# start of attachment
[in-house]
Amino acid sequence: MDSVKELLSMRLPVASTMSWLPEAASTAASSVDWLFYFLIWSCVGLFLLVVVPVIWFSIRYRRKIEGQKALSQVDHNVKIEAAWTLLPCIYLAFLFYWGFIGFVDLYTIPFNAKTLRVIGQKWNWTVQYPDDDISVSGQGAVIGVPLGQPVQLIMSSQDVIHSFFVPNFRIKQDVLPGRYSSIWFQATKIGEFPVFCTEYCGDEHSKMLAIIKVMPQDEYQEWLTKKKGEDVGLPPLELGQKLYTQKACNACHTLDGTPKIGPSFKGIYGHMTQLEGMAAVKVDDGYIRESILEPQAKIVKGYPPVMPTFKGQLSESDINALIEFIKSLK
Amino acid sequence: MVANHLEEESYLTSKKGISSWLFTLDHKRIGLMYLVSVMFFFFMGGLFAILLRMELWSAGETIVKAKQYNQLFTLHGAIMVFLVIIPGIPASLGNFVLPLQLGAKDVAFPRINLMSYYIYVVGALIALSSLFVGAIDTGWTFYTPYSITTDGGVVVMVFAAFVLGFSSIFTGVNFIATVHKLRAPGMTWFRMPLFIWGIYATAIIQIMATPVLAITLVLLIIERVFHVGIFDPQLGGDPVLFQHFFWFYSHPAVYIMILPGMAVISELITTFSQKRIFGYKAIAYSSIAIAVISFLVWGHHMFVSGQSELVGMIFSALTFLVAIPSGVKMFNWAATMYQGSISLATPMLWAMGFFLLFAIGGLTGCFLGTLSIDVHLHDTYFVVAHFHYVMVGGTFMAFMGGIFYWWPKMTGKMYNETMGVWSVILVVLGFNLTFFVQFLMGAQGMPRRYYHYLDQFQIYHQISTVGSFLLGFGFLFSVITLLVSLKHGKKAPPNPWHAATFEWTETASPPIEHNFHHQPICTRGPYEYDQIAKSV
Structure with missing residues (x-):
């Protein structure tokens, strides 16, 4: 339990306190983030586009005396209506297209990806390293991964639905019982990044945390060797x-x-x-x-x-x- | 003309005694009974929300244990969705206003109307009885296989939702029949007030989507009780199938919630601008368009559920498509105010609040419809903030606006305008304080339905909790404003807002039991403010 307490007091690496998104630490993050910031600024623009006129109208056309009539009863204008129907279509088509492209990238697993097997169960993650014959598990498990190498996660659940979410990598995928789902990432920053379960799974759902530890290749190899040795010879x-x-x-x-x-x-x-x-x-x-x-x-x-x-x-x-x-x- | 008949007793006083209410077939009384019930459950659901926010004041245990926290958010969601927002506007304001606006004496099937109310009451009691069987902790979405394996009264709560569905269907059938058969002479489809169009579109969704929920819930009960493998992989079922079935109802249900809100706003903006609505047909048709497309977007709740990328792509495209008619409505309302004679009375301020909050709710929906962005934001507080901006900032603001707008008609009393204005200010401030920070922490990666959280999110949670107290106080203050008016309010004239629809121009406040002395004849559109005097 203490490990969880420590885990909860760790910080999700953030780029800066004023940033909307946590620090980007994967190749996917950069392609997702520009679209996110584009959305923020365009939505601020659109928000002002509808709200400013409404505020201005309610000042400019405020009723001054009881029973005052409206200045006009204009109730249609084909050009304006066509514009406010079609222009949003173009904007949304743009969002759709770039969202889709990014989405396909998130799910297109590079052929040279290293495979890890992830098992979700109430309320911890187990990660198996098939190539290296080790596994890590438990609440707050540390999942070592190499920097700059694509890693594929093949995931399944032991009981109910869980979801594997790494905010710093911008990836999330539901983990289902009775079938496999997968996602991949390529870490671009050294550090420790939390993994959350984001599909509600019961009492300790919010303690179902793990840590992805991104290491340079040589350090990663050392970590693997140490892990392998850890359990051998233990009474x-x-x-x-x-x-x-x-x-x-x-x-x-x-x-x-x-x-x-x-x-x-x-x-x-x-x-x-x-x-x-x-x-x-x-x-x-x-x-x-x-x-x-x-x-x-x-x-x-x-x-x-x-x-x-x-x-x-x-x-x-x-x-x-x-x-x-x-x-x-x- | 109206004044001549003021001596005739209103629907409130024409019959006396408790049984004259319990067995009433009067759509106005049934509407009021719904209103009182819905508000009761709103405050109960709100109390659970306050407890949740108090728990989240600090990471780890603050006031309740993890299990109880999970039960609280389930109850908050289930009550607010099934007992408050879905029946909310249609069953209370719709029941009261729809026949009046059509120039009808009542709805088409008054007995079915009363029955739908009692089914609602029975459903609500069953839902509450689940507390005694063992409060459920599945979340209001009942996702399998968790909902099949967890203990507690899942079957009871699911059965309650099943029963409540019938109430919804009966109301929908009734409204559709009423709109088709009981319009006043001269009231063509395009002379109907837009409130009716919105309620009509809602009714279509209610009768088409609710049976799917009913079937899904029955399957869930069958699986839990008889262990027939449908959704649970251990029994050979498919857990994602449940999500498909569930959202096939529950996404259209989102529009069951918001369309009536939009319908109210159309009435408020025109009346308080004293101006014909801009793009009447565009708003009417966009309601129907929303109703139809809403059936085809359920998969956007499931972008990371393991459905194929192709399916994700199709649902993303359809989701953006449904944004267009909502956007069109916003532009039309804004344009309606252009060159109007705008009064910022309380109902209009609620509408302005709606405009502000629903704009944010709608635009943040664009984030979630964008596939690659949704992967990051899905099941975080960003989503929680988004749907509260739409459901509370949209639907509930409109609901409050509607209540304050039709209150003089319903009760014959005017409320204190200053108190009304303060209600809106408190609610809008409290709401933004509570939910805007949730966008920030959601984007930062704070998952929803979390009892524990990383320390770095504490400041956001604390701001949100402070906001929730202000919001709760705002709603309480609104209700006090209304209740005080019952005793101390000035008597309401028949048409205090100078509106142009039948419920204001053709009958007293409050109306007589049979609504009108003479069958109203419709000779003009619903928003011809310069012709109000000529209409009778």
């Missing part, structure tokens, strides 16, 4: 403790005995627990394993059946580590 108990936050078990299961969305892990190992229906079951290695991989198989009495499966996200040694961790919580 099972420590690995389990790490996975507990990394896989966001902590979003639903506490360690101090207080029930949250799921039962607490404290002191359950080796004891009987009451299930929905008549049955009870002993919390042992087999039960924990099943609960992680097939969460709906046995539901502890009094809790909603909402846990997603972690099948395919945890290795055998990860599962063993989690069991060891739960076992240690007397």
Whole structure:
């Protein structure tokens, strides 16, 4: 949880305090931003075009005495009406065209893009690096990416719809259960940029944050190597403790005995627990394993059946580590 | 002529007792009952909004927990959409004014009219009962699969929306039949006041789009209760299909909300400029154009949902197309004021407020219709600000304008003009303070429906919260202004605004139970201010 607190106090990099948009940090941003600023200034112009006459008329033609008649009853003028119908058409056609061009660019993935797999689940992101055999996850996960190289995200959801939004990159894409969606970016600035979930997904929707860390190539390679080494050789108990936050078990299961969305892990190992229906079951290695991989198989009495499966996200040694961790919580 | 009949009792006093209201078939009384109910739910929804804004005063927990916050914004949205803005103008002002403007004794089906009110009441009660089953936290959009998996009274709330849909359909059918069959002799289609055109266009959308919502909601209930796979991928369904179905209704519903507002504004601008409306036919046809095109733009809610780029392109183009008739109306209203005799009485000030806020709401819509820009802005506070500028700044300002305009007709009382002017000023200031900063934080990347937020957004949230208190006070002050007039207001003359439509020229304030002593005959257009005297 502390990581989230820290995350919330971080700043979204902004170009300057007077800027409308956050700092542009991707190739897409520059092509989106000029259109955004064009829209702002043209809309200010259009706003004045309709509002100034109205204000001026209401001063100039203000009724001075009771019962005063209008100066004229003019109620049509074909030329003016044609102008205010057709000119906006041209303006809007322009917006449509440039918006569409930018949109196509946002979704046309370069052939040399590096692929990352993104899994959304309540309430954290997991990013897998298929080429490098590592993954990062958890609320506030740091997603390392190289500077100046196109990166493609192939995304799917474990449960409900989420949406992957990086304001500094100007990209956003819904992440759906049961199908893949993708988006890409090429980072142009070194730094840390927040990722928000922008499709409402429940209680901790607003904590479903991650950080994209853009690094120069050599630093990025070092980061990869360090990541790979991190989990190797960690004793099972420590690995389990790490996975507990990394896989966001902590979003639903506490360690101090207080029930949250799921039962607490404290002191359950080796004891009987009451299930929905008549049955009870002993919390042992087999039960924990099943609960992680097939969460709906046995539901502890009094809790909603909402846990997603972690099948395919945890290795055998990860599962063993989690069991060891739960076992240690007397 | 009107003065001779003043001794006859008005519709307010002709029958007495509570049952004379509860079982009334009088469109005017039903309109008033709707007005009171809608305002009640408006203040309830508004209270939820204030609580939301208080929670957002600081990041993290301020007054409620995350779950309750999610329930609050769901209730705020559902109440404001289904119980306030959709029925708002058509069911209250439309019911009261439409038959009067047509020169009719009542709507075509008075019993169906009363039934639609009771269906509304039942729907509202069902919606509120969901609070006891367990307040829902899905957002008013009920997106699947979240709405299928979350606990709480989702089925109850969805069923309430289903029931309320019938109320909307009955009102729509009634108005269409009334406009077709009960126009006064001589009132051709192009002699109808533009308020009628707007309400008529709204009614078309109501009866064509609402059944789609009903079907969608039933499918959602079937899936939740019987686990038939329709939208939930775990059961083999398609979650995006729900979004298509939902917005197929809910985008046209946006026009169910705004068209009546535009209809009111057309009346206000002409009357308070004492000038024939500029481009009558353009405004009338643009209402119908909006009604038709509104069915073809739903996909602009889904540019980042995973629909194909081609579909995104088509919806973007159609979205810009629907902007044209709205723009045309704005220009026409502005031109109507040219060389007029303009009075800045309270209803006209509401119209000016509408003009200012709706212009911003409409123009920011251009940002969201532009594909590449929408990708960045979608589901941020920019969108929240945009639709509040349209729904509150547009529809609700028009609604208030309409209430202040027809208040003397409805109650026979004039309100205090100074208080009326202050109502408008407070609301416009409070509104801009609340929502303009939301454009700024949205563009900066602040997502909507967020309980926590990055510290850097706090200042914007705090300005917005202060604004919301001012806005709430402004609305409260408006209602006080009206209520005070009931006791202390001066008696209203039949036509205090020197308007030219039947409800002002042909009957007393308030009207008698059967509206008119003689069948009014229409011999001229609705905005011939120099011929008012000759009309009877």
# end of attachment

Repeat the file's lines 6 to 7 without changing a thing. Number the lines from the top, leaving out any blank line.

């Missing part, structure tokens, strides 16, 4: 403790005995627990394993059946580590 108990936050078990299961969305892990190992229906079951290695991989198989009495499966996200040694961790919580 099972420590690995389990790490996975507990990394896989966001902590979003639903506490360690101090207080029930949250799921039962607490404290002191359950080796004891009987009451299930929905008549049955009870002993919390042992087999039960924990099943609960992680097939969460709906046995539901502890009094809790909603909402846990997603972690099948395919945890290795055998990860599962063993989690069991060891739960076992240690007397």
Whole structure: